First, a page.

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How is Hemophilia diagnosed?

Blood tests can help determine whether your child has hemophilia. Genetic tests are available if you would like to know whether you are a carrier of Hemophilia. (Only females can be carriers.)

Hemophilia is usually classified by its severity. There are three levels of Hemophilia, although they can overlap. The severity of the disease is defined by how much clotting factor is produced and in what situations bleeding most often occurs.

Mild Hemophilia might not be recognized unless there is excessive bleeding after a major injury or surgery. In moderate Hemophilia, bleeding usually follows a fall, sprain or strain. With severe Hemophilia, bleeding may occur one or more times a week for no apparent reason.

The percentage of clotting factor in the blood remains the same throughout a person’s life. All family members who have Hemophilia usually have similar forms.

What are the symptoms of hemophilia?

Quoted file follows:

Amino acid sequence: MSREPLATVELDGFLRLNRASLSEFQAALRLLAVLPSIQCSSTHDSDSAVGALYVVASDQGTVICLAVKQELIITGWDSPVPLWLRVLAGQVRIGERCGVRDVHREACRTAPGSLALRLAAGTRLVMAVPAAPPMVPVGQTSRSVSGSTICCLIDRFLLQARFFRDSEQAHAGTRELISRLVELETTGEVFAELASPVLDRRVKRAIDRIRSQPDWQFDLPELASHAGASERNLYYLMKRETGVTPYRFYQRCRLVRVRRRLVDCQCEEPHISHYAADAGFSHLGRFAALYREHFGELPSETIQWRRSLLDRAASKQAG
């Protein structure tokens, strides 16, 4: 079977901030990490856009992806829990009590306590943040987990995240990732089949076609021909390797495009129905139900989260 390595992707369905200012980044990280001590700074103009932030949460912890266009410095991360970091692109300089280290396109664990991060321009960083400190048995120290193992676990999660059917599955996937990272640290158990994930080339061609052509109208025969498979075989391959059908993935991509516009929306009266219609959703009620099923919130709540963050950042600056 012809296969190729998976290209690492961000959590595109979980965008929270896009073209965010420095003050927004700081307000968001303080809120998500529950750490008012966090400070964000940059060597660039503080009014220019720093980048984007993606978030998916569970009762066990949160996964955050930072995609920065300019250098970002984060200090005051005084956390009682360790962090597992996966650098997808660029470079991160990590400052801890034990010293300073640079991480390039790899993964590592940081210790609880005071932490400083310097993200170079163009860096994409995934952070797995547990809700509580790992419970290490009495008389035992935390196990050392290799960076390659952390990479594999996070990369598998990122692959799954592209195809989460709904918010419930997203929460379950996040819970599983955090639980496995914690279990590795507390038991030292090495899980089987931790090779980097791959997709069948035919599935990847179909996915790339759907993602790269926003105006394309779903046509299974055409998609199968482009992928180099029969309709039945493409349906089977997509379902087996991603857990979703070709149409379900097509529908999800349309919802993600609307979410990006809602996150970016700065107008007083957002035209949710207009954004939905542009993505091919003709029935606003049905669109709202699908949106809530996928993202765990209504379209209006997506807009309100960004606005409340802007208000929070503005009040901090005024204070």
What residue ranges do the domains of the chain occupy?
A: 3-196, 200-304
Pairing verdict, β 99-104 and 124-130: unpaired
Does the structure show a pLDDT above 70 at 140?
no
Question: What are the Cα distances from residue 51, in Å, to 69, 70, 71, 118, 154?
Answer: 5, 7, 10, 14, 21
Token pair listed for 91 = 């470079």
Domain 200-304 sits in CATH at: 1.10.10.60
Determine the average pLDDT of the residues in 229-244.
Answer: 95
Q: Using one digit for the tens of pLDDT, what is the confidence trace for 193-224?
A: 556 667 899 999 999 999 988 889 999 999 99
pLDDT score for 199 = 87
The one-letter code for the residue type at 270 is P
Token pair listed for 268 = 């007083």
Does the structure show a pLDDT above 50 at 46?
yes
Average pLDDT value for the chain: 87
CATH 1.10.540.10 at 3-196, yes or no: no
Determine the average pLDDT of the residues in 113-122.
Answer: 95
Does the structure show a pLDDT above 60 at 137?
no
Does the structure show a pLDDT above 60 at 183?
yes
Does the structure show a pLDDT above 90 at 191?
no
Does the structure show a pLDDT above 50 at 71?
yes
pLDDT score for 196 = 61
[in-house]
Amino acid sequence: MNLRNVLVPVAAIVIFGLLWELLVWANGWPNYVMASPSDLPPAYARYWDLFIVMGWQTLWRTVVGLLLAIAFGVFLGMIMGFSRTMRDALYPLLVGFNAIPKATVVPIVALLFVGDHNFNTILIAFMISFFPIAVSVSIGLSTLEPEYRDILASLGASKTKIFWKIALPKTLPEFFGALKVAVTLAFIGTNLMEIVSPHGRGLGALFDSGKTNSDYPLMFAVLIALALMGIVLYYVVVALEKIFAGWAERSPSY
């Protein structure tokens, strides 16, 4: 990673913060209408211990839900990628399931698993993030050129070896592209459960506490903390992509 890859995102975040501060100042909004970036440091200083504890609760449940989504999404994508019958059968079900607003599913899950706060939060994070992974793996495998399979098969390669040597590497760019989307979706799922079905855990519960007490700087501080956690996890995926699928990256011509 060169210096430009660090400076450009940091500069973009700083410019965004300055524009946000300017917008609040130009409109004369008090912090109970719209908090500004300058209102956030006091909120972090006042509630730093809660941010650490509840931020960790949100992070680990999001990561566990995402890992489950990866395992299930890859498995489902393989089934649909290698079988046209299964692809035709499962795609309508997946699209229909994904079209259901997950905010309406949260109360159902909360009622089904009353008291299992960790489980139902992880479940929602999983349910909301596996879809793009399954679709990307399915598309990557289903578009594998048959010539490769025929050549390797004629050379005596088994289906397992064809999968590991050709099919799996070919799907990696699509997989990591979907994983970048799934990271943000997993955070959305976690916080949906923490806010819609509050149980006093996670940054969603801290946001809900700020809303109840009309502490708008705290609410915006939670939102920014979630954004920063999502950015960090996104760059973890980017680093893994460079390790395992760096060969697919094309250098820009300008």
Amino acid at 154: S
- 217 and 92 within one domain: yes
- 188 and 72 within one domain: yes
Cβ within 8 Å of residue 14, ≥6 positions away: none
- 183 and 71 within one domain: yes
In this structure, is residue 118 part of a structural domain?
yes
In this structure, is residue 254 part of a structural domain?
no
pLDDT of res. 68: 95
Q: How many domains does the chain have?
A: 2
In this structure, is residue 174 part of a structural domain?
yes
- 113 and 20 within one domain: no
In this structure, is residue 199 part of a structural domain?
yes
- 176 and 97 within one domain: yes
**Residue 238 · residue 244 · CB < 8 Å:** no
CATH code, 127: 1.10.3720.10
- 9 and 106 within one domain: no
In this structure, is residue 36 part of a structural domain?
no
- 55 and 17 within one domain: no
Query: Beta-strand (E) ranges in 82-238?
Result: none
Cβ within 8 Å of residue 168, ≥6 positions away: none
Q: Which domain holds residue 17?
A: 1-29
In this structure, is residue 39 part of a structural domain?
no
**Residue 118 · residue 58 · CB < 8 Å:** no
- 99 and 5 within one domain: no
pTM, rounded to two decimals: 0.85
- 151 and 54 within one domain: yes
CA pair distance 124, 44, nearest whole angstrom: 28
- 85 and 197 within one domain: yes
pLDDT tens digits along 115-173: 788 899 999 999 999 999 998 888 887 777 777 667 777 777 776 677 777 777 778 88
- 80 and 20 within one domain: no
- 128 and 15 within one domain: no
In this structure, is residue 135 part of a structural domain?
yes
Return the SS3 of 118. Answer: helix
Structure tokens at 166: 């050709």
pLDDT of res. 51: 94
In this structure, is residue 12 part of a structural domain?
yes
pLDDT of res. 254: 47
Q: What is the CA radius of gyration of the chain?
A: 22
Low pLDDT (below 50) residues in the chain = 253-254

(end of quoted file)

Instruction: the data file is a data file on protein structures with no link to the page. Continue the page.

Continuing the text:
Symptoms of Hemophilia are generally first noticed during infancy or childhood. However, some people with milder forms of the disease may not develop symptoms until late. The following signs of Hemophilia may be noticed shortly after birth:

  • Bleeding into the muscle, resulting in a deep bruise after receiving a routine Vitamin K shot
  • Prolonged bleeding after a male child is circumcised

Other symptoms include:

  • Bleeding into a joint or muscle that causes pain and swelling
  • Abnormal bleeding after an injury or surgery
  • Easy bruising
  • Frequent nosebleeds
  • Blood in the urine (Hematuria)
  • Bleeding after dental work

What is the treatment for Hemophilia?

Most people with Hemophilia can successfully manage their bleeding problems with clotting factor replacement therapy. Clotting factors may be injected when needed or on a regular basis to prevent bleeding episodes. On-demand therapy is used before participating in activities with a high risk for injury or once it is suspected that bleeding has begun.

What causes the disease?

Hemophilia A and B are caused by an inherited defect in a pair of chromosomes. The defect affects how much clotting factor a person will produce and how the factor will function. The less normal the function and amount of clotting factor, the more severe a case of hemophilia can be.